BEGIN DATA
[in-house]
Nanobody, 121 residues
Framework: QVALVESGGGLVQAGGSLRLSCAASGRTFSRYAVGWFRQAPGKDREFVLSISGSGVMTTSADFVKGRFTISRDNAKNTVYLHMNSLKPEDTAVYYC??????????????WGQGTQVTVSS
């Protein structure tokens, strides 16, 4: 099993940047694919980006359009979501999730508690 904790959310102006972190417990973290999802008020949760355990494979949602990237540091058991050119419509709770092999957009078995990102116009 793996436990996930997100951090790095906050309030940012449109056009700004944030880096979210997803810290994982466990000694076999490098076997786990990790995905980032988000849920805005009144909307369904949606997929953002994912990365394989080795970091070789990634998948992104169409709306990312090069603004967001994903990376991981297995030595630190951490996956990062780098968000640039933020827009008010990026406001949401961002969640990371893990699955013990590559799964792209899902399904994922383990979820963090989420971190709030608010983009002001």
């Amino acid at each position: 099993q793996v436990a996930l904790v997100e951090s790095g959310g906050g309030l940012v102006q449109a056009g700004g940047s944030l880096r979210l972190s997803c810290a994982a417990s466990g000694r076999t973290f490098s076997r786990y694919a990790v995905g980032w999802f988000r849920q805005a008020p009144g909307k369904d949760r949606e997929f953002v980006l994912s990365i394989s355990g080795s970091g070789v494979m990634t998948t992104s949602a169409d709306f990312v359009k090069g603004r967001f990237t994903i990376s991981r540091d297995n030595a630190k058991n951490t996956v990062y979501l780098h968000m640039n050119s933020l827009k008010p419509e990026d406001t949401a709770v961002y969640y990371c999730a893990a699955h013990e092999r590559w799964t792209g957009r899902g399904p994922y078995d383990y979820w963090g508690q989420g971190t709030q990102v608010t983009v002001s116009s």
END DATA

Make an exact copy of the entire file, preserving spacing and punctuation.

[in-house]
Nanobody, 121 residues
Framework: QVALVESGGGLVQAGGSLRLSCAASGRTFSRYAVGWFRQAPGKDREFVLSISGSGVMTTSADFVKGRFTISRDNAKNTVYLHMNSLKPEDTAVYYC??????????????WGQGTQVTVSS
């Protein structure tokens, strides 16, 4: 099993940047694919980006359009979501999730508690 904790959310102006972190417990973290999802008020949760355990494979949602990237540091058991050119419509709770092999957009078995990102116009 793996436990996930997100951090790095906050309030940012449109056009700004944030880096979210997803810290994982466990000694076999490098076997786990990790995905980032988000849920805005009144909307369904949606997929953002994912990365394989080795970091070789990634998948992104169409709306990312090069603004967001994903990376991981297995030595630190951490996956990062780098968000640039933020827009008010990026406001949401961002969640990371893990699955013990590559799964792209899902399904994922383990979820963090989420971190709030608010983009002001």
């Amino acid at each position: 099993q793996v436990a996930l904790v997100e951090s790095g959310g906050g309030l940012v102006q449109a056009g700004g940047s944030l880096r979210l972190s997803c810290a994982a417990s466990g000694r076999t973290f490098s076997r786990y694919a990790v995905g980032w999802f988000r849920q805005a008020p009144g909307k369904d949760r949606e997929f953002v980006l994912s990365i394989s355990g080795s970091g070789v494979m990634t998948t992104s949602a169409d709306f990312v359009k090069g603004r967001f990237t994903i990376s991981r540091d297995n030595a630190k058991n951490t996956v990062y979501l780098h968000m640039n050119s933020l827009k008010p419509e990026d406001t949401a709770v961002y969640y990371c999730a893990a699955h013990e092999r590559w799964t792209g957009r899902g399904p994922y078995d383990y979820w963090g508690q989420g971190t709030q990102v608010t983009v002001s116009s």